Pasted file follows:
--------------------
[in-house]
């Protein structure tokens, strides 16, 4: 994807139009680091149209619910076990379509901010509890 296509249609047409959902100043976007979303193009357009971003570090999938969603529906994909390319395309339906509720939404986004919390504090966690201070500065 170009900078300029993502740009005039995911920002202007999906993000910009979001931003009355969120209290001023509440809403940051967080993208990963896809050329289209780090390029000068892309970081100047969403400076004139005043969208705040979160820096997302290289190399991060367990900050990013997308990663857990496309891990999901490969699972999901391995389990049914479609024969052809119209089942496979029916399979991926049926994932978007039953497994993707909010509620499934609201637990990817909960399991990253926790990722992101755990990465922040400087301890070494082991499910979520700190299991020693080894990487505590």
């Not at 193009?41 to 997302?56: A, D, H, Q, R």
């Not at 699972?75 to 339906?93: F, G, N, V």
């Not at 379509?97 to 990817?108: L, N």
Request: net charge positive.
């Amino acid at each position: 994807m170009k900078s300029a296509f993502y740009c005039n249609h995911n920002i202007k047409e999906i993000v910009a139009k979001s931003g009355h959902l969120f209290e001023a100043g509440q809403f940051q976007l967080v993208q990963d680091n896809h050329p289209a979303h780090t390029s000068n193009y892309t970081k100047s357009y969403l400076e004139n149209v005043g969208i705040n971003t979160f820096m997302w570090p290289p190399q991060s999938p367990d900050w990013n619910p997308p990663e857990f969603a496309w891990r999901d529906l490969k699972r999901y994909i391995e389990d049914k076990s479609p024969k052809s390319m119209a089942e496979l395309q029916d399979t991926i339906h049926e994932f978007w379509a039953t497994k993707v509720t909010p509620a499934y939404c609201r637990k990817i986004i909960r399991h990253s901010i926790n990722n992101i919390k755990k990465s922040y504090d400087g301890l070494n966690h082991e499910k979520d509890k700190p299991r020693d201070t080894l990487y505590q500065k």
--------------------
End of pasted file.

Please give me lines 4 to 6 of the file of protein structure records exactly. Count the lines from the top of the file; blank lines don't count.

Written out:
């Not at 699972?75 to 339906?93: F, G, N, V």
């Not at 379509?97 to 990817?108: L, N």
Request: net charge positive.